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Top Story

New system enables people to correct robot mistakes using brain signals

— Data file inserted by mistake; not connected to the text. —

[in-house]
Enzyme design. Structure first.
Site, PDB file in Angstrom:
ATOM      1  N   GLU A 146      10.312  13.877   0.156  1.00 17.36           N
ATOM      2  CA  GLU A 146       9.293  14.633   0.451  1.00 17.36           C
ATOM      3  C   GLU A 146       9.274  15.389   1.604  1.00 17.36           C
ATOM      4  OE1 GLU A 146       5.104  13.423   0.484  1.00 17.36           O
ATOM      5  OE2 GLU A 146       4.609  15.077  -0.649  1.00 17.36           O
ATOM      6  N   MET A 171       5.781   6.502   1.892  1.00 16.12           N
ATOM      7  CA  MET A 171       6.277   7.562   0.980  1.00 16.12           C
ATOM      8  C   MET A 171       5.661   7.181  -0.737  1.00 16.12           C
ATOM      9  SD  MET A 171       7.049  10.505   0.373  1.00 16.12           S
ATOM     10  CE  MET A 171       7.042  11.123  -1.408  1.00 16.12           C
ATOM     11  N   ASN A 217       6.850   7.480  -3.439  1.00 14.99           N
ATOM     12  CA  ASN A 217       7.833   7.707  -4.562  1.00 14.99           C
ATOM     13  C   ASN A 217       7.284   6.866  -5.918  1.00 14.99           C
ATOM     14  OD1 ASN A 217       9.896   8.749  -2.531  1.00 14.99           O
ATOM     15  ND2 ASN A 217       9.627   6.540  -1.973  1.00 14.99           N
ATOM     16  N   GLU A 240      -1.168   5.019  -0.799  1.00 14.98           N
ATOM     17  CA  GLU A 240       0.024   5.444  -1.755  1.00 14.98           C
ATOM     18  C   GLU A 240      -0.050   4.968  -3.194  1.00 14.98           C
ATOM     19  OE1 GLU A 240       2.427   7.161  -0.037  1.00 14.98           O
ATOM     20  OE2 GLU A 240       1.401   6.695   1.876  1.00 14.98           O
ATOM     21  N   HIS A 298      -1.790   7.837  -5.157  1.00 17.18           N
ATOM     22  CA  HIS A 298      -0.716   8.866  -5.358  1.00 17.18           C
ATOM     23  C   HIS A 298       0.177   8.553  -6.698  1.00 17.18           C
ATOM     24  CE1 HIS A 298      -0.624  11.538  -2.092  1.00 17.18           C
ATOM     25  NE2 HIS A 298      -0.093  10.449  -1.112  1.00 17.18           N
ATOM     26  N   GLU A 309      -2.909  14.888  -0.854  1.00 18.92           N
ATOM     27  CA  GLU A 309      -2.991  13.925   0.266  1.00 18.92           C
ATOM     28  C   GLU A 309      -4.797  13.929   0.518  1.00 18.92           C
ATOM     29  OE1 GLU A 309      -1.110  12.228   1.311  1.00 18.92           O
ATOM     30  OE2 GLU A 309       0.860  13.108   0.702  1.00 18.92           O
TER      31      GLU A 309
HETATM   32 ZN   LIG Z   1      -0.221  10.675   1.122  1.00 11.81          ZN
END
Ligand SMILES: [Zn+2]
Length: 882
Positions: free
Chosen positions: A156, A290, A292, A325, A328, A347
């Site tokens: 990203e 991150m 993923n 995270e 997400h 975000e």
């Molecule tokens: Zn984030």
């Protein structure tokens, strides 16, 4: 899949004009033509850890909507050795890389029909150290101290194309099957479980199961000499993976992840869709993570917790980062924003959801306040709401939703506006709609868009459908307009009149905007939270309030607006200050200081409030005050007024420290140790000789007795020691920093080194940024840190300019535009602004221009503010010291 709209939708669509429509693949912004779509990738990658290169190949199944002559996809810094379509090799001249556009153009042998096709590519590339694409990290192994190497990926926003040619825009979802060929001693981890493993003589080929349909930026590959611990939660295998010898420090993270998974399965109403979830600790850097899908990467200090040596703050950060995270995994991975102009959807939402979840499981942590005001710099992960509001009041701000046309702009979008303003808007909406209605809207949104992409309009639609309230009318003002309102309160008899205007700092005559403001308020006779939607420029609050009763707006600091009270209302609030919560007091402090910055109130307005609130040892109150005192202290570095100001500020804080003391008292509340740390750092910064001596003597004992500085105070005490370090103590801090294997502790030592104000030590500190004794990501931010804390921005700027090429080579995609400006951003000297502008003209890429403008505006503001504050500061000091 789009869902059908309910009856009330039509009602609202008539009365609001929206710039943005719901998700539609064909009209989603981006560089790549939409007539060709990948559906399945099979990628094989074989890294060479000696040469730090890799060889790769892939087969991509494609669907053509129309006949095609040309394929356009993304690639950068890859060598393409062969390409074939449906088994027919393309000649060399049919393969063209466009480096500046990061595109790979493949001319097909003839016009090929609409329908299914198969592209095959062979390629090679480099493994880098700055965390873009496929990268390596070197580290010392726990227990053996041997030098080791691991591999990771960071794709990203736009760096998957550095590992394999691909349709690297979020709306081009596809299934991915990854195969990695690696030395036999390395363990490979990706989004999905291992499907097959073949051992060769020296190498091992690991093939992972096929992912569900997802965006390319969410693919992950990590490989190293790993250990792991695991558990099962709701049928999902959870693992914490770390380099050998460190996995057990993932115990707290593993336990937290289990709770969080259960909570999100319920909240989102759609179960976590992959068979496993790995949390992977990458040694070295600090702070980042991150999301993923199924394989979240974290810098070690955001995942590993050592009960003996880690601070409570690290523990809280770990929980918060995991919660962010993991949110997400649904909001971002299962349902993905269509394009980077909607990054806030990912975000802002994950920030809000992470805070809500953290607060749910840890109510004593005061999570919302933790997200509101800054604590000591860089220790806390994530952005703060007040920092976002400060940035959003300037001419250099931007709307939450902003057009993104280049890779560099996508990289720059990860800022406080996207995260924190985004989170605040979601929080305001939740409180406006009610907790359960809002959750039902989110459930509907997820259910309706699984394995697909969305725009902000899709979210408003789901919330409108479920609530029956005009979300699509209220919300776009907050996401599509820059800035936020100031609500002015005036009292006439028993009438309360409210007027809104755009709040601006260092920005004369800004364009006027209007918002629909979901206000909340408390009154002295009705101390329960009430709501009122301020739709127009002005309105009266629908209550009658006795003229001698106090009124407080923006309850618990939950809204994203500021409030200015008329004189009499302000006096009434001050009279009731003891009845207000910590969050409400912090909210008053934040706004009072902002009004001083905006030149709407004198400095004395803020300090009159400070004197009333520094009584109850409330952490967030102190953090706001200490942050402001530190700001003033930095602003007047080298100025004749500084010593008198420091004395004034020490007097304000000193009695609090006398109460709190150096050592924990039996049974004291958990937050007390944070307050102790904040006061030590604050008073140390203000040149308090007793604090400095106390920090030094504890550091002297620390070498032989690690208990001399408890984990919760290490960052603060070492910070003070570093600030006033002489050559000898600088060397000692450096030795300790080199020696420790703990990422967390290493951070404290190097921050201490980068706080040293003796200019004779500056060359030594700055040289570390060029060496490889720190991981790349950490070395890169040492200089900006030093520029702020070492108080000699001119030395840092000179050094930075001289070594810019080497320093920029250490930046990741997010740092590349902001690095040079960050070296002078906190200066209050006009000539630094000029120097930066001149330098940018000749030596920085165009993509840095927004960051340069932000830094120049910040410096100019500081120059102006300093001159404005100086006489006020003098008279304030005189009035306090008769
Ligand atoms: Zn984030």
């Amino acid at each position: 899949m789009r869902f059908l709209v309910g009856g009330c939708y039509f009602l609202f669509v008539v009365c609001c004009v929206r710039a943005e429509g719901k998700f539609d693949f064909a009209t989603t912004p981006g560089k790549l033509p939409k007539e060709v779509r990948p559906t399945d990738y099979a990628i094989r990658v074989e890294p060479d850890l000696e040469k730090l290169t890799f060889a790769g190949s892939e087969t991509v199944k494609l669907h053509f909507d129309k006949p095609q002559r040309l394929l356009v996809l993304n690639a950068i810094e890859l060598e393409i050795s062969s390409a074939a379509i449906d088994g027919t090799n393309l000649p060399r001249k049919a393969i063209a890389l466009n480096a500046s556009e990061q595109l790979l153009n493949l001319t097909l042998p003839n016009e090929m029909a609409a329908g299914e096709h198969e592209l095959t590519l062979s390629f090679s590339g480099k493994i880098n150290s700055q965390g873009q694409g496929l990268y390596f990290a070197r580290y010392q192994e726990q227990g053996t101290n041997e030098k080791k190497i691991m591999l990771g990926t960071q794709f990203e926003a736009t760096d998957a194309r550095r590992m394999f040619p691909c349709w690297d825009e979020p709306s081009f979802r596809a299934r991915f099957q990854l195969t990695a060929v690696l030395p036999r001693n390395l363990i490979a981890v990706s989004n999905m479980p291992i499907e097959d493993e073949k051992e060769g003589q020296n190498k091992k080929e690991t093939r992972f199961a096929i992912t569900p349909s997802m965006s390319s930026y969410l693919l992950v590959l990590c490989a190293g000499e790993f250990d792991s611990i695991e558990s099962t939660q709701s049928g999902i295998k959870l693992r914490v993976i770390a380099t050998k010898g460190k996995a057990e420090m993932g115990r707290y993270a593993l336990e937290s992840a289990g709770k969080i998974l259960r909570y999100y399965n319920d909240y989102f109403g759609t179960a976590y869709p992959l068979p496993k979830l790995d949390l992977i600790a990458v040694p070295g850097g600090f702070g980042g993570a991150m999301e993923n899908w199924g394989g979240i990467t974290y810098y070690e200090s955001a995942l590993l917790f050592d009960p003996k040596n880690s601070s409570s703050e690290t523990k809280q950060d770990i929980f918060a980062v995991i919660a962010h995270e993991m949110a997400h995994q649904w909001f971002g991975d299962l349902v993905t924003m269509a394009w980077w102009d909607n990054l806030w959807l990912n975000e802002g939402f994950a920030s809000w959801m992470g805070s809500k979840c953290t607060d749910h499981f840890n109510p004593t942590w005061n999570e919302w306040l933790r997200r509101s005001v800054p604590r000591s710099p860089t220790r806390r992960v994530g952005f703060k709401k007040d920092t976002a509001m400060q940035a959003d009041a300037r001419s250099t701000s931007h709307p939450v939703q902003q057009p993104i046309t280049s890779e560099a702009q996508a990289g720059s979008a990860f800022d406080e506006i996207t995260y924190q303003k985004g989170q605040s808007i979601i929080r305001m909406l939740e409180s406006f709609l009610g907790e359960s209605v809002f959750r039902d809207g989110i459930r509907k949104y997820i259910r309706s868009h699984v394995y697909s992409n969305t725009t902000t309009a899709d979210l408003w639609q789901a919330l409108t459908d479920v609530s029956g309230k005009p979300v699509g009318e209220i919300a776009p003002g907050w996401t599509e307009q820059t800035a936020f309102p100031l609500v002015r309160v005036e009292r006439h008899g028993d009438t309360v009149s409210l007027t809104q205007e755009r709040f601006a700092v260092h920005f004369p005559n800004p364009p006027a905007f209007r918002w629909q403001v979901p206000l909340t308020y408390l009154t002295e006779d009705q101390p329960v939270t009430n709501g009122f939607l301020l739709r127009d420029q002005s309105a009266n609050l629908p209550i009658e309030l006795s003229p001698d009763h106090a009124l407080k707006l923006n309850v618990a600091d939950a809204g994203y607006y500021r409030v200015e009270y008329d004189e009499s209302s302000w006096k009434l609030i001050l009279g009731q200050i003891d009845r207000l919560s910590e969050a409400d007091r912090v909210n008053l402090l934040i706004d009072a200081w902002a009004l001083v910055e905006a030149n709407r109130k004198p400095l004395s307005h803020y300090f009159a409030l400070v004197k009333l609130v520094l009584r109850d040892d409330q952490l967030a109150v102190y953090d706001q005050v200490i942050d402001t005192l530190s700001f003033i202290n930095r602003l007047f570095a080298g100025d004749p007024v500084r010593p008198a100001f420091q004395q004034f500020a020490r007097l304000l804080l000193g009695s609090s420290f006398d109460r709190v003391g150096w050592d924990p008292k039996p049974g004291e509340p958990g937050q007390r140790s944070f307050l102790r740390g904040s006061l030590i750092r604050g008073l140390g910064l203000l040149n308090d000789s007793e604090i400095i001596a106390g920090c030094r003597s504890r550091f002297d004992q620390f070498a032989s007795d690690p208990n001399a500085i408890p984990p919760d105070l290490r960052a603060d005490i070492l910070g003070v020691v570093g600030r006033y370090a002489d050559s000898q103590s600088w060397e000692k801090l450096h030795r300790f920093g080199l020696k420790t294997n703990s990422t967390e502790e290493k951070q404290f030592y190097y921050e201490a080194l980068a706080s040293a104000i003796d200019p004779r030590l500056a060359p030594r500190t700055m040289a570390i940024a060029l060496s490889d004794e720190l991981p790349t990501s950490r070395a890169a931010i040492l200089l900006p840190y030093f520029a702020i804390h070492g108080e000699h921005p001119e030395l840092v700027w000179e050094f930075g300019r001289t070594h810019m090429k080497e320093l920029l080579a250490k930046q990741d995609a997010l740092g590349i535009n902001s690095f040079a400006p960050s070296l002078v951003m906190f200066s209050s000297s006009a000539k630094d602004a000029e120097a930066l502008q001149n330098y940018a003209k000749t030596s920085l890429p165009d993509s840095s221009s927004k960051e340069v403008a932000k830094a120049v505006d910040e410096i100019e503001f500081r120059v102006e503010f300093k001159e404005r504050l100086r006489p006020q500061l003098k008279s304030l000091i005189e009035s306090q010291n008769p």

For robots to do what we want, they need to understand us. Too often, this means having to meet them halfway: teaching them the intricacies of human language, for example, or giving them explicit commands for very specific tasks. But what if we could develop robots that were a more natural extension of us and that could actually do whatever we are thinking? A team from MIT’s Computer Science and Artificial Intelligence Laboratory and Boston University is working on this problem, creating a feedback system that lets people correct robot mistakes instantly with nothing more than their brains. Using data from an electroencephalography (EEG) monitor that records brain activity, the system can detect if a person notices an error as a robot performs an object-sorting task. The team’s novel machine-learning algorithms enable the system to classify brain waves in the space of 10 to 30 milliseconds. While the system currently handles relatively simple binary-choice activities, the paper’s senior author says that the work suggests that we could one day control robots in much more intuitive ways.

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